A US appeals court has allowed the Department of Justice to continue investigating classified documents seized during the search of Donald Trump’s Mar-a-Lago residence, in a victory for legal authorities in their legal tussle with the former president.
The appeals court for the 11th circuit on Wednesday granted the justice department’s request to halt an order handed down by a district judge that stopped authorities from examining the documents and ordered they be handed over to a third-party examiner.
The order marked a significant win for the DoJ after recent setbacks in its fraught legal battle with Trump. Aileen Cannon, the Trump-appointed judge in Florida’s southern district, approved the former president’s request this month for a “special master” to review material seized by the FBI, which would slow the government’s investigation into whether he mishandled the documents.
During last month’s search, agents seized thousands of files, of which 103 had classified markings, including 54 labelled secret and 18 were top secret.
The DoJ had pushed back against the decision to suspend the probe while an independent monitor assessed whether some material was subject to executive or attorney-client privilege, and should therefore be excluded from the investigation.
Authorities — who had completed their own review, saying only a small portion of documents should be excluded — filed an appeal against Cannon’s decision.
In the order handed down on Wednesday, which Trump can challenge, a panel of three judges strongly disagreed with some arguments the former president put forth in the case.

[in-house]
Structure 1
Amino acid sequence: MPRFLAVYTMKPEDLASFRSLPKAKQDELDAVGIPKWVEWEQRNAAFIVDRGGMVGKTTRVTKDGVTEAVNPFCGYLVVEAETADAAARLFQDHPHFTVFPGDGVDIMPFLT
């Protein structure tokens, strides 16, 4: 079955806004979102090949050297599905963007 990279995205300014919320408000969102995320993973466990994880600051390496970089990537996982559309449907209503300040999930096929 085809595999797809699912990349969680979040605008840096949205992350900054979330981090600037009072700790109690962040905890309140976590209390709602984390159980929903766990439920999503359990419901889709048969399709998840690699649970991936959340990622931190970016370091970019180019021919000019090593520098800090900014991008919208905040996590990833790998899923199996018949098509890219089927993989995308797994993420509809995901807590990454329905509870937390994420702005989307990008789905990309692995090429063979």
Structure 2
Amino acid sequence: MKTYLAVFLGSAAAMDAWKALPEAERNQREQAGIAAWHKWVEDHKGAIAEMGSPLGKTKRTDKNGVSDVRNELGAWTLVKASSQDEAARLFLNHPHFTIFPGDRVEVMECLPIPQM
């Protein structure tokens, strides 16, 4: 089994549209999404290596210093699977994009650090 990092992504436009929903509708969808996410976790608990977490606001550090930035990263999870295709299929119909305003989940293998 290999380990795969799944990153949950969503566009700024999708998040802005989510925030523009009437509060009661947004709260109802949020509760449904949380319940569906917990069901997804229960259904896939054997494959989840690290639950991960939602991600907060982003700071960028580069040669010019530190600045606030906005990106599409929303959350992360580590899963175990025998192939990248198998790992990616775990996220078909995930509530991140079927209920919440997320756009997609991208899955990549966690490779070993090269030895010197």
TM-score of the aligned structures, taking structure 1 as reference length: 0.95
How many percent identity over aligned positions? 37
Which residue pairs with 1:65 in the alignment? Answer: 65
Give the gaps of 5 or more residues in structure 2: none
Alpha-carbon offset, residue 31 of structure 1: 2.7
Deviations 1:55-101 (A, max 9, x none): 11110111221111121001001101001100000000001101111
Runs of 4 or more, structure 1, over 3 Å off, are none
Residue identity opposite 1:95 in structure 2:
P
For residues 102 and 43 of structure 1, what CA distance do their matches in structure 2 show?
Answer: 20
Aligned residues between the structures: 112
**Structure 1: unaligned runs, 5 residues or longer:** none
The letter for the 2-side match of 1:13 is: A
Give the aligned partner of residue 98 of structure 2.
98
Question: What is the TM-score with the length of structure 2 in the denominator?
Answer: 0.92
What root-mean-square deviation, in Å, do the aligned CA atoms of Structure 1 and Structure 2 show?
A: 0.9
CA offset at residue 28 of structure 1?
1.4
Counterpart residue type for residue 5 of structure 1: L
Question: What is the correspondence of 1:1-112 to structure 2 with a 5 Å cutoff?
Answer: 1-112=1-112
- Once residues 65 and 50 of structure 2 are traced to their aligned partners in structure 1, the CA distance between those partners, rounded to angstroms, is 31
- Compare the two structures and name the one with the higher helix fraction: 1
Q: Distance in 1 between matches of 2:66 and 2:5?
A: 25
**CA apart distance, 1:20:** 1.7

In response to Trump’s contention that he may have declassified the files while he was president, the court said the record contained no such evidence, which he “resisted providing” before the special master.
The ruling also addressed Trump’s reasoning that he may be harmed by the release of sensitive information, saying that allowing authorities to “retain the documents does not suggest that they will be released”.
The court also doubted that Trump would be damaged by the disclosure of privileged information, given he had not “asserted attorney-client privilege over any of the classified documents”.
The judges instead wrote that the US would “suffer irreparable harm” if the government was unable to access the classified documents and was required to hand them over to the special master.
The panel added there was strong public interest “in ensuring that the storage of the classified records did not result in ‘exceptionally grave damage to the national security’”, for which a review of the files was necessary.
The DoJ and a lawyer representing Trump did not immediately respond to requests for comment.
The order came on a legally bruising day for Trump, just hours after New York state attorney-general Letitia James sued him and three of his adult children for allegedly committing fraud to inflate the value of assets held by the Trump Organization, their family business. James is seeking to have the Trumps repay at least $250mn in what she claims were proceeds that were acquired illegally.
A Trump Organization spokesperson on Wednesday called the action “political harassment”.